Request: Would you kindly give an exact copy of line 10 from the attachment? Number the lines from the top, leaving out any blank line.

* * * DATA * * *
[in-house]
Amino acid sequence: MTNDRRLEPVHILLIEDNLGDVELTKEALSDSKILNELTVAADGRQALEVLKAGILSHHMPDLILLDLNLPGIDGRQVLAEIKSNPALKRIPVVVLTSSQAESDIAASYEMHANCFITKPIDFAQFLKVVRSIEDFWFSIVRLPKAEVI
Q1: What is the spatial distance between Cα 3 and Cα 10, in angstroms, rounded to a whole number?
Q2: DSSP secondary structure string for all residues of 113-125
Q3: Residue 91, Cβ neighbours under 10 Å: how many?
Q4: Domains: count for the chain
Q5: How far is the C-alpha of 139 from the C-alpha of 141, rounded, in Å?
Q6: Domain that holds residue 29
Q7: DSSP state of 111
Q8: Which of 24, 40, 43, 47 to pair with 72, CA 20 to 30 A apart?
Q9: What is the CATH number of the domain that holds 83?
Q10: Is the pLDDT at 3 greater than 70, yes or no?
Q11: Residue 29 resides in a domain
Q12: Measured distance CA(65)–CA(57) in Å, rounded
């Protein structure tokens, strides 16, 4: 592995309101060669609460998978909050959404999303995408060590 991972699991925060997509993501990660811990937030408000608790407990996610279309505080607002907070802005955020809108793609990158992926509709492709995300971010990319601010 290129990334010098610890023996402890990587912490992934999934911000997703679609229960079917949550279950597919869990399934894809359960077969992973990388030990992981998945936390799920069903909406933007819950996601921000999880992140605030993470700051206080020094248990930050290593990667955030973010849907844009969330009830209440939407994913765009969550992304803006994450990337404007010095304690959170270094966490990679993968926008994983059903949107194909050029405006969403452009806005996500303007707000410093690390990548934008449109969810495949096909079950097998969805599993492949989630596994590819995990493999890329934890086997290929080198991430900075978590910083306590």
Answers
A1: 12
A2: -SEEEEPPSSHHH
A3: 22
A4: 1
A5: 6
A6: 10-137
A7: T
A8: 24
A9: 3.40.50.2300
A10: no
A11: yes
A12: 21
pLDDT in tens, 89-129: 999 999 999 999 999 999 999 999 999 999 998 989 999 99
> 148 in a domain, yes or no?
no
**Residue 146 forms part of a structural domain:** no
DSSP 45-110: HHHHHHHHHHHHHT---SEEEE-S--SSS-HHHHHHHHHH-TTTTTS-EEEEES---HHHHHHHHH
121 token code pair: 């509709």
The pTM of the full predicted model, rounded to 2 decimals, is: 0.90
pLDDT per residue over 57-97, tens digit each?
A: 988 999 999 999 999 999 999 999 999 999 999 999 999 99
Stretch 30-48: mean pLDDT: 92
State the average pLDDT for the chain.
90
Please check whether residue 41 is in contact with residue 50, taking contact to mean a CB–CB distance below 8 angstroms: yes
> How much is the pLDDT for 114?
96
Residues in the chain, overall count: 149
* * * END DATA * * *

Q8: Which of 24, 40, 43, 47 to pair with 72, CA 20 to 30 A apart?